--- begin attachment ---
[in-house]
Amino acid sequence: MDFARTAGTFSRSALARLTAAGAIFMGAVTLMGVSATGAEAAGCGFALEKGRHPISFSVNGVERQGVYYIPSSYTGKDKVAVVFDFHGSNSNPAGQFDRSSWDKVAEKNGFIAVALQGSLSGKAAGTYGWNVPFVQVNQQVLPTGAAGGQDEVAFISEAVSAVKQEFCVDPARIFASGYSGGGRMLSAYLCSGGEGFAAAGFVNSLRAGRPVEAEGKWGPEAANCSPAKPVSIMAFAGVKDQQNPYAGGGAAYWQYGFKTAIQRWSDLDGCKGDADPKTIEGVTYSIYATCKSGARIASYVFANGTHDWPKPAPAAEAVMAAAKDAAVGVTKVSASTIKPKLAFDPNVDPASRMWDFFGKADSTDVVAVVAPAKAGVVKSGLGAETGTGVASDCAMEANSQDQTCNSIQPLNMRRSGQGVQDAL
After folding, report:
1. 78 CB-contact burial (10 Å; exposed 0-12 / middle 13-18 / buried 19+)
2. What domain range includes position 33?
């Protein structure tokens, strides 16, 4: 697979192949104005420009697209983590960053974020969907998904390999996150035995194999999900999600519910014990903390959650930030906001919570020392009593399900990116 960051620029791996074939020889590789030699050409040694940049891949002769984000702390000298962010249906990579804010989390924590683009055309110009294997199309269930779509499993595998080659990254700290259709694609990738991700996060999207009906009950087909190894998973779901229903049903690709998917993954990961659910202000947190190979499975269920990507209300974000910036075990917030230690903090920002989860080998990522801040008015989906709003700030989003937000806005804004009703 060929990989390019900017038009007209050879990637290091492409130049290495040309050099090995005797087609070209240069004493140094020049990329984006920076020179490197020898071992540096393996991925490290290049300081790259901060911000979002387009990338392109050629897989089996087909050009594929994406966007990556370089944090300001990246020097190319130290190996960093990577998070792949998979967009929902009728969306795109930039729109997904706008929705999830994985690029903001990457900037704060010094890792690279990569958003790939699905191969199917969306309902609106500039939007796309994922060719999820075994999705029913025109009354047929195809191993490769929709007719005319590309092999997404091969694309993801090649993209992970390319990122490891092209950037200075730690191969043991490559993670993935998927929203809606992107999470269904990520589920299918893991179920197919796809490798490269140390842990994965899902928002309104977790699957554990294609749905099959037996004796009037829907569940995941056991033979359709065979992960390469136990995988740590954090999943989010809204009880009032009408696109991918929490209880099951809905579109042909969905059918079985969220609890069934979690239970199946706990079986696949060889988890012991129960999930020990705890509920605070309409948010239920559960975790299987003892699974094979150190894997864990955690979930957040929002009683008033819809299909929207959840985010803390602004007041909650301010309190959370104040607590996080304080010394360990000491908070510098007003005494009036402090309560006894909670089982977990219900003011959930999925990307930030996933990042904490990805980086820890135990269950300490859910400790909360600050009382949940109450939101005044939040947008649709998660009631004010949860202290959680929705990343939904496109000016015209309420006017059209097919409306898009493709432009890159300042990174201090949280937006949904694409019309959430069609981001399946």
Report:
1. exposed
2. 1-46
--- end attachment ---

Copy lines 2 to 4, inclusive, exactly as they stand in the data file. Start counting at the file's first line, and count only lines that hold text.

Amino acid sequence: MDFARTAGTFSRSALARLTAAGAIFMGAVTLMGVSATGAEAAGCGFALEKGRHPISFSVNGVERQGVYYIPSSYTGKDKVAVVFDFHGSNSNPAGQFDRSSWDKVAEKNGFIAVALQGSLSGKAAGTYGWNVPFVQVNQQVLPTGAAGGQDEVAFISEAVSAVKQEFCVDPARIFASGYSGGGRMLSAYLCSGGEGFAAAGFVNSLRAGRPVEAEGKWGPEAANCSPAKPVSIMAFAGVKDQQNPYAGGGAAYWQYGFKTAIQRWSDLDGCKGDADPKTIEGVTYSIYATCKSGARIASYVFANGTHDWPKPAPAAEAVMAAAKDAAVGVTKVSASTIKPKLAFDPNVDPASRMWDFFGKADSTDVVAVVAPAKAGVVKSGLGAETGTGVASDCAMEANSQDQTCNSIQPLNMRRSGQGVQDAL
After folding, report:
1. 78 CB-contact burial (10 Å; exposed 0-12 / middle 13-18 / buried 19+)